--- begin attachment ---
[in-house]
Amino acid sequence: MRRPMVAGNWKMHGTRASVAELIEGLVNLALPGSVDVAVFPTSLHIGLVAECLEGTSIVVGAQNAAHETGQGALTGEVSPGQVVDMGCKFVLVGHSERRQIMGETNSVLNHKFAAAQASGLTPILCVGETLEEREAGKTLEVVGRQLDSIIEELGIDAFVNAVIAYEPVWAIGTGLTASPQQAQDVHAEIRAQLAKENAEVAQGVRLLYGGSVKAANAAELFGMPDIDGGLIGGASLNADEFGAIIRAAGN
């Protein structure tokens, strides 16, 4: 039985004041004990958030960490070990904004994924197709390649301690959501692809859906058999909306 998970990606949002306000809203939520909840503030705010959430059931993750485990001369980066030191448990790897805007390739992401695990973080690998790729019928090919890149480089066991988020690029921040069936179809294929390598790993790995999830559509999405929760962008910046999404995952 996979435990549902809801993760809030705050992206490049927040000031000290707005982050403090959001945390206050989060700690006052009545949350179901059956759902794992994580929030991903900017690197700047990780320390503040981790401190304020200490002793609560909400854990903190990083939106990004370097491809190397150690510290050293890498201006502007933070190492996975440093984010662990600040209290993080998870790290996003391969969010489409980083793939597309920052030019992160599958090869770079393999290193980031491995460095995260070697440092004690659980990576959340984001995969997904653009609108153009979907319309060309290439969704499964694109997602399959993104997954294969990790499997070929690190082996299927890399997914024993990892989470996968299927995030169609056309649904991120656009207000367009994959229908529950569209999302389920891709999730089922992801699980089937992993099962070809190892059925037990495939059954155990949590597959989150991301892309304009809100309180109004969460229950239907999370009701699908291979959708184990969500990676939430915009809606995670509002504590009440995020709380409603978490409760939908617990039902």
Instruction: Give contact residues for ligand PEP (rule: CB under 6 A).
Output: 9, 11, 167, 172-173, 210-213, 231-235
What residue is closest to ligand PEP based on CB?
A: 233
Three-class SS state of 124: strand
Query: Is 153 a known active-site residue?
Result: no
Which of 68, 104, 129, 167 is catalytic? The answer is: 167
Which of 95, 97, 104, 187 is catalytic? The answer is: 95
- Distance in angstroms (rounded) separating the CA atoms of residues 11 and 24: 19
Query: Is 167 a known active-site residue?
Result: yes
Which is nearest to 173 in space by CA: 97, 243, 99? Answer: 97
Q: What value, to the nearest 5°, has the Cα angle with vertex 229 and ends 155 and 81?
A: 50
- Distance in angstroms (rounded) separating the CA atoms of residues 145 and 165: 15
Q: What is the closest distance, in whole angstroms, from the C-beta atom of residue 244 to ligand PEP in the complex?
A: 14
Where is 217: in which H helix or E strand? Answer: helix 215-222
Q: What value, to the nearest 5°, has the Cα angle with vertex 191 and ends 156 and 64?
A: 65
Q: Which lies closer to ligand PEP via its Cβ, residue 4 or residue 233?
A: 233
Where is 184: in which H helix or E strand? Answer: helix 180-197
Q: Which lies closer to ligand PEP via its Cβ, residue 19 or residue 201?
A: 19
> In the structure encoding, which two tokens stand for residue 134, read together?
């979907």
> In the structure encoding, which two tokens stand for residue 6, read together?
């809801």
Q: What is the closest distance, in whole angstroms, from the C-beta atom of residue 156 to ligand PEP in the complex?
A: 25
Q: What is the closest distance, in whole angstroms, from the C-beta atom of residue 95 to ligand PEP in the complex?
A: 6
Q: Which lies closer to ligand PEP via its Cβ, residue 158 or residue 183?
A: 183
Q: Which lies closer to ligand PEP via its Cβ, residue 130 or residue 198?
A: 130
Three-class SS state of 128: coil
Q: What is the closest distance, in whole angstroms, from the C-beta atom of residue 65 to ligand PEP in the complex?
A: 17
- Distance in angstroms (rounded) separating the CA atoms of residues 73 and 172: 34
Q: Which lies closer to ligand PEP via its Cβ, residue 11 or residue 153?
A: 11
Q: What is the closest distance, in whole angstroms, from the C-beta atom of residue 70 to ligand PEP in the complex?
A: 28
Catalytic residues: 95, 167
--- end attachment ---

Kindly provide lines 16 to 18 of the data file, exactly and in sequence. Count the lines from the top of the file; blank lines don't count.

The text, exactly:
Which is nearest to 173 in space by CA: 97, 243, 99? Answer: 97
Q: What value, to the nearest 5°, has the Cα angle with vertex 229 and ends 155 and 81?
A: 50